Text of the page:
As you may remember, we talked about women's life in Mardin before and did some interviews with ÇATOM teachers. Here is the rest of the interview we did with them:

MÜJDE KAYA (The crochet teacher):

1. How did you become involved in the ÇATOM?

I went to ÇATOM for five years as a student. Then, I was excited about the idea of teaching the crafts I know to other people. So, I decided to work here as a teacher. I am teaching crocheting.

2. How would you describe life for women in Ömerli?

Social life in this town is very limited. There is not much to do, so women spend their time at home raising kids and doing house works. They don’t do much for themselves.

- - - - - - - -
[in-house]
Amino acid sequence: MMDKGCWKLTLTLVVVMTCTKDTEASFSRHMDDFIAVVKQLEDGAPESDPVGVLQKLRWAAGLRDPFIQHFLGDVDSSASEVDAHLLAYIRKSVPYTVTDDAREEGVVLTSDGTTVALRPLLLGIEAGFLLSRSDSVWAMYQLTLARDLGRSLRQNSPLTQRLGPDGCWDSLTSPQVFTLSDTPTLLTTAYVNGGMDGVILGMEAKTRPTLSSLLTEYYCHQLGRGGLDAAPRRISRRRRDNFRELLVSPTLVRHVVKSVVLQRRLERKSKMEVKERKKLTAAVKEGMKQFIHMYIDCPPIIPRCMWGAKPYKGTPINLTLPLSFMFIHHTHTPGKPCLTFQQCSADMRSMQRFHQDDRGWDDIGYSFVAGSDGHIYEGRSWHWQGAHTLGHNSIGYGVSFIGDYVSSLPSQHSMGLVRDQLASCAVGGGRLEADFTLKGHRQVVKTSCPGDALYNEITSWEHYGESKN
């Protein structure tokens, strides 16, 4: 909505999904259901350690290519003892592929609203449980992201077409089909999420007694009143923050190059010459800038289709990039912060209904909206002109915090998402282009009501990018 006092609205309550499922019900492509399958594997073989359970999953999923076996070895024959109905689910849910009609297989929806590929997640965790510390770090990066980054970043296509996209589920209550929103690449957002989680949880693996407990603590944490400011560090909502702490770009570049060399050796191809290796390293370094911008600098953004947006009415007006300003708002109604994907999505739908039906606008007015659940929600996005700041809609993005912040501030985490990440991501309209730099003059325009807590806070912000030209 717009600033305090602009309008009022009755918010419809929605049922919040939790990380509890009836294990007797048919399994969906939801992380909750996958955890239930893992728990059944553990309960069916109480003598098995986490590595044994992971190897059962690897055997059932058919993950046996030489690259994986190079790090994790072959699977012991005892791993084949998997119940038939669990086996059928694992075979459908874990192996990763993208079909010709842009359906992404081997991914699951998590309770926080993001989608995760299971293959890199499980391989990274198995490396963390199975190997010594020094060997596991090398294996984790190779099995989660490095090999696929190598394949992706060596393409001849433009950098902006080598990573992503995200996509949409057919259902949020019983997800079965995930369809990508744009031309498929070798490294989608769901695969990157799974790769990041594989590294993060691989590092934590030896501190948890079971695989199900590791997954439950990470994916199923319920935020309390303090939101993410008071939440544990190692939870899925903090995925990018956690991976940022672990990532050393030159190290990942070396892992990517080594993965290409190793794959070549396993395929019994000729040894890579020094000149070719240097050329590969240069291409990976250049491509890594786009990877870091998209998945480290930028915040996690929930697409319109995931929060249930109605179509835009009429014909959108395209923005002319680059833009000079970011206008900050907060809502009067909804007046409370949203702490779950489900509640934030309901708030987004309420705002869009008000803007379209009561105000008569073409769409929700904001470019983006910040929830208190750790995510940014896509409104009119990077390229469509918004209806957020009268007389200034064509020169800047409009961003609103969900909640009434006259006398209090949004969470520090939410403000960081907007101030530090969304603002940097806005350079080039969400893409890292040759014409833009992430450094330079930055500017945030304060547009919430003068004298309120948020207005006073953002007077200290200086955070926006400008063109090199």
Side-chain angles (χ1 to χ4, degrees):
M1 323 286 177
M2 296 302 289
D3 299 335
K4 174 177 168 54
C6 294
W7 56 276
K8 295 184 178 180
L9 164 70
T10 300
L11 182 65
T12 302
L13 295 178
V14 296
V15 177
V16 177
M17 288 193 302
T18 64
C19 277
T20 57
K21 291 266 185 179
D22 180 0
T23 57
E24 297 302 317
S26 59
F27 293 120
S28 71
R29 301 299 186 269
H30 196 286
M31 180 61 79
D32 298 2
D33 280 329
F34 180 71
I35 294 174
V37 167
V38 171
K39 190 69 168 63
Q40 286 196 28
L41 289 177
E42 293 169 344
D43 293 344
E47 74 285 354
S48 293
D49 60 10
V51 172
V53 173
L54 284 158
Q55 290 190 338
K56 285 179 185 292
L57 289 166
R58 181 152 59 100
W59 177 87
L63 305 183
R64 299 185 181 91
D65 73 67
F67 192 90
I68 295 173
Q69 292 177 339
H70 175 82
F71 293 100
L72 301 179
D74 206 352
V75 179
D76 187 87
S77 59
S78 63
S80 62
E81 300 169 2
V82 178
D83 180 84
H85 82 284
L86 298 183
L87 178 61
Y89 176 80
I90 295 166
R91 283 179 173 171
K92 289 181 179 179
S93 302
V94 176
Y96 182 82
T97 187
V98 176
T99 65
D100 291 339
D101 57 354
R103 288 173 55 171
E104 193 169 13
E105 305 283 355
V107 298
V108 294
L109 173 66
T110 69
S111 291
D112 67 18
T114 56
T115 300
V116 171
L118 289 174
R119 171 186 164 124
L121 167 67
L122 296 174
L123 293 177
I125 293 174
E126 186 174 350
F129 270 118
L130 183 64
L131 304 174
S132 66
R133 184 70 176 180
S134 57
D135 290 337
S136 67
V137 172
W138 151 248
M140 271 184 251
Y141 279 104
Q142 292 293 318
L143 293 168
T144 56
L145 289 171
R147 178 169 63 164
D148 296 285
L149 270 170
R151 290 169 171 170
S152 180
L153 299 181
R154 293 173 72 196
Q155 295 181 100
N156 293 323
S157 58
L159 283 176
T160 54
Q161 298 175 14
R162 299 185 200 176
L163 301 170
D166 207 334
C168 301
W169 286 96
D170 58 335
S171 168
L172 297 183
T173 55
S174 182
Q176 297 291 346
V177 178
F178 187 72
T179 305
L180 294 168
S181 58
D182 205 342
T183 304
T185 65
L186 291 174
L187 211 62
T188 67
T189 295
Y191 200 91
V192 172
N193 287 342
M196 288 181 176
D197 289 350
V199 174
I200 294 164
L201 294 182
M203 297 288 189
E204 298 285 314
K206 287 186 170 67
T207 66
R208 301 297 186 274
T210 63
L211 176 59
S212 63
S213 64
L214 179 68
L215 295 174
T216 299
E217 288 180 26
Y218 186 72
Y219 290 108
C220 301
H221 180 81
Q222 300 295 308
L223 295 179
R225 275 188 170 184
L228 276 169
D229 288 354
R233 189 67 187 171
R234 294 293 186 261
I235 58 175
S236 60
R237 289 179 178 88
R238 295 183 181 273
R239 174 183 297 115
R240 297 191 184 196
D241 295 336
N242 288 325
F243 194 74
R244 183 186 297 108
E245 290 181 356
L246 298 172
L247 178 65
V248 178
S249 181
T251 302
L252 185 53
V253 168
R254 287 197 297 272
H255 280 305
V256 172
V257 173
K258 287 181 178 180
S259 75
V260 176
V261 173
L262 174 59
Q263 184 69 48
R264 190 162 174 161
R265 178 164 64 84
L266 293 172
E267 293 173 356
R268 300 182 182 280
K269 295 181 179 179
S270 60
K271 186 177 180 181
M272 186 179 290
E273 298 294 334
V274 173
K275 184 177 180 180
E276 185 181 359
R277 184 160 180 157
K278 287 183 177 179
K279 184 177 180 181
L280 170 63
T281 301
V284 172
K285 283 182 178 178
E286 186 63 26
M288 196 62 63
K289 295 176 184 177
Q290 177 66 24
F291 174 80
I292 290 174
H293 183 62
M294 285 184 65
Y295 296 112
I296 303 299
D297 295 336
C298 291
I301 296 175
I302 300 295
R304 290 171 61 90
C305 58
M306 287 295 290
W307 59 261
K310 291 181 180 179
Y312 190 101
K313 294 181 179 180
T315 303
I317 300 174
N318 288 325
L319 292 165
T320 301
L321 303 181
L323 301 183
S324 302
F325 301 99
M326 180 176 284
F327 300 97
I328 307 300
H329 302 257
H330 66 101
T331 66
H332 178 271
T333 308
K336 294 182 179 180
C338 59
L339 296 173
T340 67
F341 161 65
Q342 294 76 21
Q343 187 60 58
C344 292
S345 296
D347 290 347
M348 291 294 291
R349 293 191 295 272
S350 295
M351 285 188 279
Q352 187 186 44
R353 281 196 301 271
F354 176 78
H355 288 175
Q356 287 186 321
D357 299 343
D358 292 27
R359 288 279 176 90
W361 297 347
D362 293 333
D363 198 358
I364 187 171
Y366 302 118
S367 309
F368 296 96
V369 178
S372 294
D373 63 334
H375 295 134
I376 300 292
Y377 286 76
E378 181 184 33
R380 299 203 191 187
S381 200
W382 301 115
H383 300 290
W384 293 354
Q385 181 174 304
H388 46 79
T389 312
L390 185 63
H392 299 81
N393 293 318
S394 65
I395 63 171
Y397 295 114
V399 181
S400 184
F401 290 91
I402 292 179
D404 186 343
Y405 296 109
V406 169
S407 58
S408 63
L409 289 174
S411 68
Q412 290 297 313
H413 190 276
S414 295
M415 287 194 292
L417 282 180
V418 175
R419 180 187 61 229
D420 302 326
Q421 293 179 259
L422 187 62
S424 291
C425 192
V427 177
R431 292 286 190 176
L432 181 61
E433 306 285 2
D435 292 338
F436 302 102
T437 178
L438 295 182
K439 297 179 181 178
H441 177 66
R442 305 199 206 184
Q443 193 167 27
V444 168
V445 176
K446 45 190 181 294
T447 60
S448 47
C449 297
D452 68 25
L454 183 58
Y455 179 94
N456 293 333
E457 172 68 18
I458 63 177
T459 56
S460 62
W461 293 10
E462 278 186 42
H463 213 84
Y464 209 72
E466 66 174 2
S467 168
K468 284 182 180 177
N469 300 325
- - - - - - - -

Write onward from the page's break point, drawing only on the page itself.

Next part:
3. What is your educational background?

I graduated from high school.

4. What are your goals (for work with ÇATOM, yourself, etc.)?

I want to continue working in ÇATOM in a bigger building and also want to reach more women.

5. What do you love to do/make?

I love to read and spend time with my family.

6. What would surprise people not from Turkey to learn about Ömerli-Mardin?

Mardin is a beautiful city where different cultures, religions, and languages meet. Ömerli is a very small and clean town which is famous with its hospitality.

EDİBE GÜNEŞ (The knitting teacher):

1. How did you become involved in the ÇATOM?

I went to ÇATOM for ten years as a student. Later, I wanted to work as a teacher here, so I applied. I teach knitting.

2. How would you describe life for women in Ömerli?

It is a difficult life. Women cannot work, they are always at home, either cleaning and taking care of the house or raise children.